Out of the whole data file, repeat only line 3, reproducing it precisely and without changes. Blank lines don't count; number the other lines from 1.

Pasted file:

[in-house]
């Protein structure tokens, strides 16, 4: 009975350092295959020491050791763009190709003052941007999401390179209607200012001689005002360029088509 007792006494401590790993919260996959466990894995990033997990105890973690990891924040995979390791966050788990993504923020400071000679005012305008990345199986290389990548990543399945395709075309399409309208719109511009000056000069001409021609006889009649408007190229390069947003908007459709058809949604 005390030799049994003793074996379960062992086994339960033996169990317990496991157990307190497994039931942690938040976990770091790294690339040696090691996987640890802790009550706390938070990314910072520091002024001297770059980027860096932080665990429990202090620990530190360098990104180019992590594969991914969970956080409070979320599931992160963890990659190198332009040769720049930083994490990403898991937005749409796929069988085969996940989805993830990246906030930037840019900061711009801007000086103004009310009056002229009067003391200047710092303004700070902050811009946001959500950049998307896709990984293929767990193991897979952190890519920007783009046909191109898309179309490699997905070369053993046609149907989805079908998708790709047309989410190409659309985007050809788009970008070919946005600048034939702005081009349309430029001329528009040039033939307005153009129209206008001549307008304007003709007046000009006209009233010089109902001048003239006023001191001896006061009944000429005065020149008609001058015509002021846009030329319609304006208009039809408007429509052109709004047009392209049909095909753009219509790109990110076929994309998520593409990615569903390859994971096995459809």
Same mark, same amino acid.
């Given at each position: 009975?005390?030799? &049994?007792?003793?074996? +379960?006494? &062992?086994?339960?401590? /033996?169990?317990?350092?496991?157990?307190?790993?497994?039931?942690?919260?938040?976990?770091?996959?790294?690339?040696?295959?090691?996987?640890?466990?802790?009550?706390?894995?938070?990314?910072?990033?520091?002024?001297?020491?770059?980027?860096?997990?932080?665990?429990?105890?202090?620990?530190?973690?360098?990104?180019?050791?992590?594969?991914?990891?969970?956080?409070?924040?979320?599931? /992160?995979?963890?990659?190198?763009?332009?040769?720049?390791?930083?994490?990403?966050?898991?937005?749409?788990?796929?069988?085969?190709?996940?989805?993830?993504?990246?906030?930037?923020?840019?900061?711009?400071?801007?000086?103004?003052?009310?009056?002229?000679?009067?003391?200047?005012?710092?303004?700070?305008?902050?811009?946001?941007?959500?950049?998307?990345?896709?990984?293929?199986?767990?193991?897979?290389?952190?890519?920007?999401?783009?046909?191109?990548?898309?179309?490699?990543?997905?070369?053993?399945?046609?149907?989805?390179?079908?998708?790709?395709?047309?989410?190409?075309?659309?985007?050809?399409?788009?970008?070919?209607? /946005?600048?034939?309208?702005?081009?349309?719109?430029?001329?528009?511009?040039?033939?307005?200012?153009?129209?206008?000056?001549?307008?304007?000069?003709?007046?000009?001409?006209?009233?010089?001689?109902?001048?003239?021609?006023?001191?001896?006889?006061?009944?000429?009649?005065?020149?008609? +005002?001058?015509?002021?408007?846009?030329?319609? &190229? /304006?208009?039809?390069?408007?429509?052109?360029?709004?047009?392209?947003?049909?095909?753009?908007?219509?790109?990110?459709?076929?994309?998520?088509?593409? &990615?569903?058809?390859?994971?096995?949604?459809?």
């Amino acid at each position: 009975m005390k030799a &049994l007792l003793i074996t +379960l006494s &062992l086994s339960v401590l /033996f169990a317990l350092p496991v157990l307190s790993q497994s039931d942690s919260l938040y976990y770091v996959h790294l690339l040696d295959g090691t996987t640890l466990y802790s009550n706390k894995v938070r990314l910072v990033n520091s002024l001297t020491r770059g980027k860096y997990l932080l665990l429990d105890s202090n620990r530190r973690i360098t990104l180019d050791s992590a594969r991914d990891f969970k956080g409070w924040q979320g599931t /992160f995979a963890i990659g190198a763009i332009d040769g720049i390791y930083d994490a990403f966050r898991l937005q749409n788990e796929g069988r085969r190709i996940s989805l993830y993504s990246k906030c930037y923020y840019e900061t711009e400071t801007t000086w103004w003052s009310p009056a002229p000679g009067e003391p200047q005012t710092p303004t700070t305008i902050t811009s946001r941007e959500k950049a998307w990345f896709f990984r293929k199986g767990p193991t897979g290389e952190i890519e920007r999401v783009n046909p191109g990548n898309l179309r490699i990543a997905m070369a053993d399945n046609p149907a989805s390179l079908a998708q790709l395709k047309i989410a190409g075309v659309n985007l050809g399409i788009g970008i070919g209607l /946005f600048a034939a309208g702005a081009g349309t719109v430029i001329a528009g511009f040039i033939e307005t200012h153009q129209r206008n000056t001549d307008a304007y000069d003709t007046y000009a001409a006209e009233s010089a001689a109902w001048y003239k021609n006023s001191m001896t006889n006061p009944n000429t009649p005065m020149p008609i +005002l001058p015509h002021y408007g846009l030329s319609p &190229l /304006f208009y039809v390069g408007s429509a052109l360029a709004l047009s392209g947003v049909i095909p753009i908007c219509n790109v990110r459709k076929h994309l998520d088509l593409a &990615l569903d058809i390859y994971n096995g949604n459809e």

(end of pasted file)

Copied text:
Same mark, same amino acid.